Flying with the Flying Eye

Justin Wastnage / Stapleford

A spillage from a paint truck as it overturned leaving Staines was the joke on Thursday’s breakfast show on London’s Capital FM radio show, inspired by a real blockage to the city’s ringroad highway, the M25.

Capital’s aerial traffic reporters, the Flying Eye, were dispatched to investigate the real accident and were able to get from the Woolwich fly-over in the city’s east end to the blockage in the Reigate exit in the south west in 12min by flying down the Thames. Select Air, the air taxi operator last year awarded the contract to fly the radio station for its travel slots is the only operator except the police and ambulance services to have a ‘Whiskey’ (W-class) licence, granting permission to fly anywhere in central London.

Select Air’s chief pilot Colin Dobney took Flight International’s senior reporter Justin Wastnage for a spin in the new Twin Star (pictured), while explaining the unique challenges the Flying Eye service requires. Hugh Broom, the station’s travel correspondent coordinates activities at the Leicester Square headquarters of the station, from 06:00 when the radio’s controversial Cockney presenter Johnny Vaughan starts his show. “The public texts, emails and calls us with news of accidents or blockages and we investigate them with the police and authorities before putting together a list of possible locations for the plane to fly over,” he explains.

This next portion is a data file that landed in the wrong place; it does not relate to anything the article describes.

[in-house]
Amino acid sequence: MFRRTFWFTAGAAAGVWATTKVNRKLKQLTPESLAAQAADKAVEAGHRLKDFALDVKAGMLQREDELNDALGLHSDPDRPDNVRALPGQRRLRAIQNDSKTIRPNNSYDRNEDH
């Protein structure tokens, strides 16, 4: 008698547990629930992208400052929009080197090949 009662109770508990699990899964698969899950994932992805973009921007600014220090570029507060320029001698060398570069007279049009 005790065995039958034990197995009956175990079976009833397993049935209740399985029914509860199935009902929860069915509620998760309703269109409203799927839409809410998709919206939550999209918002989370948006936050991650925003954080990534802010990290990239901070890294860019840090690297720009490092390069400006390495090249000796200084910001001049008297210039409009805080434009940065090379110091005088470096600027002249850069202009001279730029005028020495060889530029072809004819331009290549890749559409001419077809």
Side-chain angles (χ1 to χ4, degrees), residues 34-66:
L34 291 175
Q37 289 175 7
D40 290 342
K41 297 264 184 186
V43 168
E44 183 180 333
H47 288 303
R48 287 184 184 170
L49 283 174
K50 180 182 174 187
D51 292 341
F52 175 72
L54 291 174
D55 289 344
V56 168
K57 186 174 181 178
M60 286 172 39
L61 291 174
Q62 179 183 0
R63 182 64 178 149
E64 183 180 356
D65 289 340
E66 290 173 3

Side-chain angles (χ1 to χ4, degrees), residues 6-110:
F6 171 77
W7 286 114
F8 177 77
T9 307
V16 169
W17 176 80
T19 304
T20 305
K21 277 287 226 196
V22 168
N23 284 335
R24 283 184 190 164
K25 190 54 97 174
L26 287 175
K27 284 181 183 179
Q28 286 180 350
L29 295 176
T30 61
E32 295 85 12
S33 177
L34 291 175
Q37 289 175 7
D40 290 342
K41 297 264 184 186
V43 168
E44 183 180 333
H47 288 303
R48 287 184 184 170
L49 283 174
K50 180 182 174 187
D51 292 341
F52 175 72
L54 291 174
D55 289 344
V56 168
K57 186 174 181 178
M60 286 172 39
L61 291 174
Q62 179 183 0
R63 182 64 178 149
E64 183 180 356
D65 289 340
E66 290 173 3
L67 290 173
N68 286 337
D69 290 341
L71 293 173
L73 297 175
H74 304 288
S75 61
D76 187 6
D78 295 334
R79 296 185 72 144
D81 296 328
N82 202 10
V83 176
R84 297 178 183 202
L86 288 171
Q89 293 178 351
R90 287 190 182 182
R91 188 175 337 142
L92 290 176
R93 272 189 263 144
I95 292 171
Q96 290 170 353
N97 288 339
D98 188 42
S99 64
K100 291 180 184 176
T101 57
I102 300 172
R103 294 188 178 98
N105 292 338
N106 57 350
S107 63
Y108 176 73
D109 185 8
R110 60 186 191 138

At 06:50 the voice of the Flying Eye, Louise Pepper receives her final brief from Broom and sets off from Select Air’s base at Stapleford airport north east of London. The normal traffic build-ups start by 07:00, she explains, with the names QE2 Bridge, North Circular and Dartford Crossing familiar to all frustrated peak hour London drivers.

The aircraft flies at around 2,000ft (600m) for most of the flight, but can go as low as 1,000ft to get a close look at incidents, says Pepper. “You can see in five minutes all the surrounding roads and see where the gridlock starts, whether the police are there and judge when it’s likely to clear,” she says. Listeners stuck in the jam are reassured to hear the Flying Eye, as they feel part of a bigger event, she adds.

The Flying Eye deals directly with air traffic control centres to amend its repetitive flight plan. Unfortunately for ATC, the infamous traffic black spot the Blackwall Tunnel lies in the control area for London City Airport, so some cajoling is required to take a peek, and usually only one pass is allowed, Jacqui Dobney, the Flying Eye pilot. Otherwise few restrictions apply and the aircraft passes freely only a few hundred metres above some of London’s best-known landmarks, although Buckingham Palace and Westminster are still off-limits, as is the stretch of the M25 close to Heathrow. “We’ll never tell someone we were flying over the M4/M25 junction [near Heathrow] as it wouldn’t be true, so we have to use ground-based information, except when the ATC computers went down and they let us have a buzz over just because we could,” he says.

The aircraft comes down at 09:00 and is used for occasional charter during the day before taking off again at 17:00 for the Richard Bacon drive time show until 18:40. Pepper tried out the Twin Star just after Flight International and says the wide, open view of the diesel-cycle twin will allow much clearer views of the jams than peering over the wedge-like wing of the Seneca. The words: “queues on the clockwise section after junction 17 due to an earlier accident” and “only the outside lane open” will no doubt sound even more soothing as a result.

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